“In the 1960s, when the civil rights movement still relied on the classically liberal formulation of judging people by the content of their character, enlightened liberals denounced the “one-drop” rule which said that if you had a single drop of “black” blood you were black, a standard transparently similar to National Socialist notions of who counted as a Jew. Now, according to the left, if you have one drop of black blood, you should be counted as black for the purposes of positive discrimination.”
The backdrop to this “positive” discrimination, as well as “identity politics” and many forms of feminism, is the view that human society can and should be organized in terms of competing groups. It is the view proclaimed so shrilly by Obama’s former church: racial consciousness, not the colour-blind state of classical conservatism, must be at the heart of government policy.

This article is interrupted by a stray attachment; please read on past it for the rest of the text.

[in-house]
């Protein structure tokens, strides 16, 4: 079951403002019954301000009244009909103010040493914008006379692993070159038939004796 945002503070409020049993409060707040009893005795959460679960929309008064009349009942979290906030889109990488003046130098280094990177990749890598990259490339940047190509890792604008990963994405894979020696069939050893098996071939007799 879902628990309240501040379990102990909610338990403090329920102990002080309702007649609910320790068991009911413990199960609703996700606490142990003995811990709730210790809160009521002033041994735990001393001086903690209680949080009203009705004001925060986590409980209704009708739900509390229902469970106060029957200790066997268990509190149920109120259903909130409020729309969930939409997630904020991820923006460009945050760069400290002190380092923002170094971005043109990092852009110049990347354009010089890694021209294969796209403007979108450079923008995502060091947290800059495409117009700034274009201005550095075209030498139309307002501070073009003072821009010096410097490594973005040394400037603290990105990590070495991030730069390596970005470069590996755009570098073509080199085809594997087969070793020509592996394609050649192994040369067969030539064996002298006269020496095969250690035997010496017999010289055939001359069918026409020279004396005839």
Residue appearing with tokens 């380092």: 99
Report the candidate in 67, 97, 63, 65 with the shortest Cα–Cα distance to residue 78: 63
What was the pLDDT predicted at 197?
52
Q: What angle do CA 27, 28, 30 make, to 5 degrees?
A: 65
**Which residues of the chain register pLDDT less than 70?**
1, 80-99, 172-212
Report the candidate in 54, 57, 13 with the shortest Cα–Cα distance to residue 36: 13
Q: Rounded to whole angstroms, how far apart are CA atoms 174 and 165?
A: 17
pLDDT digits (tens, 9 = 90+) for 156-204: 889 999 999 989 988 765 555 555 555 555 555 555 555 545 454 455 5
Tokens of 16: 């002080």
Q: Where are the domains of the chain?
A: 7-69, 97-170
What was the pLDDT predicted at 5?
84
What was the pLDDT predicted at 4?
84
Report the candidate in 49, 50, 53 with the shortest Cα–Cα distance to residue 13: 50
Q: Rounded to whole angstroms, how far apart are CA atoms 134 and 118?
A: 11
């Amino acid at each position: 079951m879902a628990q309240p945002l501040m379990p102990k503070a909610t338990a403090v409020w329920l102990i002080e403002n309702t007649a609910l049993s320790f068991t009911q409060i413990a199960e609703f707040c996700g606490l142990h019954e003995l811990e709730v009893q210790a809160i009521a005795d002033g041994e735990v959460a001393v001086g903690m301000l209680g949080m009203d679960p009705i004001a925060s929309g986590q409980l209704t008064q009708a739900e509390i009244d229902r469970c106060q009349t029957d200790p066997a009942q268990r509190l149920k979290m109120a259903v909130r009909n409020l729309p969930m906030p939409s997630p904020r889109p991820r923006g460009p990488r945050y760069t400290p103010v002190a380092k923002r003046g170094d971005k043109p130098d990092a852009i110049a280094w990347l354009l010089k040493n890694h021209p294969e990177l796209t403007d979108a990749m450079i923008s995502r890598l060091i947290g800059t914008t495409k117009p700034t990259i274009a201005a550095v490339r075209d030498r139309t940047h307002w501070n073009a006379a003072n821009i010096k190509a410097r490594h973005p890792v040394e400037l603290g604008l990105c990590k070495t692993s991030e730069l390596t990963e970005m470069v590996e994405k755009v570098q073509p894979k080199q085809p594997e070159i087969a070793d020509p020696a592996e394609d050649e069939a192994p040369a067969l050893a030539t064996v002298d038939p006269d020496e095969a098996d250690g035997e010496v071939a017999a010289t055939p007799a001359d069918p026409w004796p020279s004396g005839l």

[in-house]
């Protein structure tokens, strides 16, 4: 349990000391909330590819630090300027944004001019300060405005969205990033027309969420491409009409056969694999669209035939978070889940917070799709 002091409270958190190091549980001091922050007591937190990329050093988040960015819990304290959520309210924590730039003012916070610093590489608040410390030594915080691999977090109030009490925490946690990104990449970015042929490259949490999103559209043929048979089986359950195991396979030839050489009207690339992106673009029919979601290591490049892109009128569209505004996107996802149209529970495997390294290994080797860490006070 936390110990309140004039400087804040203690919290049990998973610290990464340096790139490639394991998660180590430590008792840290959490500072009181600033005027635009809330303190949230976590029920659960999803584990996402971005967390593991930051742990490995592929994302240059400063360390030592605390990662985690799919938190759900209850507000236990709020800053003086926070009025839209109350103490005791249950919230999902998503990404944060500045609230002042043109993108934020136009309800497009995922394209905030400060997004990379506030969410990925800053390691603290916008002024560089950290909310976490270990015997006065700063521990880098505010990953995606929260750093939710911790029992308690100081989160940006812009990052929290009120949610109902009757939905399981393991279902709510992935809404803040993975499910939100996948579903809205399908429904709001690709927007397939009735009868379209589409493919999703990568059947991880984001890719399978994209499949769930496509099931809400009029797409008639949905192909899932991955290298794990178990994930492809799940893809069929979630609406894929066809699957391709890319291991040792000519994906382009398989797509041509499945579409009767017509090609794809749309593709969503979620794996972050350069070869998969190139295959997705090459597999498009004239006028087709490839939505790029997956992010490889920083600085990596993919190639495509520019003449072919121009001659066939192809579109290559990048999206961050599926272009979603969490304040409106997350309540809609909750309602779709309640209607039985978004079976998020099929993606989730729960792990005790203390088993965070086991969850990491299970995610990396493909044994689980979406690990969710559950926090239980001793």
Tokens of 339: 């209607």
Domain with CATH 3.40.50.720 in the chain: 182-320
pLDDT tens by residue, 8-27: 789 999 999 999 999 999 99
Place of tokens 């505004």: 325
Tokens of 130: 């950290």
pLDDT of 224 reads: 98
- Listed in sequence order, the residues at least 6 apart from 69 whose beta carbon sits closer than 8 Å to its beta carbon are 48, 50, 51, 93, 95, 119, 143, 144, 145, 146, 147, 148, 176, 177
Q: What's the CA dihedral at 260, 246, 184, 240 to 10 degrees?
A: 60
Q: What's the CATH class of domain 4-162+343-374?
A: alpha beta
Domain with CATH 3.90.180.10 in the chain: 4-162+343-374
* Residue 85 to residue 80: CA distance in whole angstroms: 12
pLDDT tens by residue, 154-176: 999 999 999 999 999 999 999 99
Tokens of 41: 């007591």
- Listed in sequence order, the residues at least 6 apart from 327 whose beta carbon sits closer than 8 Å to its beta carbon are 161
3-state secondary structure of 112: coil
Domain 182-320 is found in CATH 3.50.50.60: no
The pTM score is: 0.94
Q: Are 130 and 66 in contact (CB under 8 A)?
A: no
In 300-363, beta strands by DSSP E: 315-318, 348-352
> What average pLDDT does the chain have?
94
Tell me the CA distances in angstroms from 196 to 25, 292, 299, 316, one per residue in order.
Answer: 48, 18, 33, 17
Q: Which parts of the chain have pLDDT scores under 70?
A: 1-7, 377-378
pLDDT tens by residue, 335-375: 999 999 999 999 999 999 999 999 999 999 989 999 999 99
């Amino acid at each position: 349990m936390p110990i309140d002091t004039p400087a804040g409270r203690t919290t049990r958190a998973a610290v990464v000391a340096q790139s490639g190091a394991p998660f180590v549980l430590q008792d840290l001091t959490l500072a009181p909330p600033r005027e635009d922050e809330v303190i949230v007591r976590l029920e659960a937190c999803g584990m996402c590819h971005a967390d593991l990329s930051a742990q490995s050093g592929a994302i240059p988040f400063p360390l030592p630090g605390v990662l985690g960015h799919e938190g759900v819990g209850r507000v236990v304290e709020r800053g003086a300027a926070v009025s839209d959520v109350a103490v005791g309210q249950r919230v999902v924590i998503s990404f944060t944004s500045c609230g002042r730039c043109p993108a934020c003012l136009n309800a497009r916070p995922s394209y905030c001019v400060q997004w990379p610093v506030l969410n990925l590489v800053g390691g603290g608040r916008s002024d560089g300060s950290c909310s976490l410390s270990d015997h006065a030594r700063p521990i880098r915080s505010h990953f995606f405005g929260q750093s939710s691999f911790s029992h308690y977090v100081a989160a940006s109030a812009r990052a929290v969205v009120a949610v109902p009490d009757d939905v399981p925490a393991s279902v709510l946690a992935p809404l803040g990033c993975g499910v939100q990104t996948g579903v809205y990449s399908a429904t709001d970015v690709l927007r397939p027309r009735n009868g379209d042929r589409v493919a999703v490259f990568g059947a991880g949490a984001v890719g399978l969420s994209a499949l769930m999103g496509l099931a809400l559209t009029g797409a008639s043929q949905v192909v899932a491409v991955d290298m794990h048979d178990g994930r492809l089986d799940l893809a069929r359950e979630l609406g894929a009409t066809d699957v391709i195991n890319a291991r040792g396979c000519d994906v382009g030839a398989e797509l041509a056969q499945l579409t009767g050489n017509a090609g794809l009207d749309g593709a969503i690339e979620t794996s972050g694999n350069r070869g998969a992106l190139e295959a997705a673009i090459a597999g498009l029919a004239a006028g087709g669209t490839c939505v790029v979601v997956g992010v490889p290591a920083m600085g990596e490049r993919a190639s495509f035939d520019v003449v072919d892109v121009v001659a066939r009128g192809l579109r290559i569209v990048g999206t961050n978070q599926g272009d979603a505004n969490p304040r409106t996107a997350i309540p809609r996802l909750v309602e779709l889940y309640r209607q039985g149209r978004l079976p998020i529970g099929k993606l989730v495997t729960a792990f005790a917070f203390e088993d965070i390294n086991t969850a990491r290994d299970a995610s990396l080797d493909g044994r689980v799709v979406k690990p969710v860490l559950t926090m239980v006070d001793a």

This brings us full circle to the social Darwinism of the 20th century. Contemporary liberals, like their leftist predecessors, have no scruples using the state as an engine to organize and dispense privileges on the basis of race, though social engineering has replaced the discredited science of eugenics. And like their leftist forefathers who built Fernald, this is underpinned by the ideology that government has a mandate, not merely to maintain law and order, but to proactively operate as the steward of the human race. To achieve this, contemporary liberals are just as happy as their early 20th century counterparts to follow the utilitarian principle that harm to innocent human beings can be justified by an appeal to “the greater good.”
Fernald may no longer be standing, but the philosophy behind it is as alive and well as ever.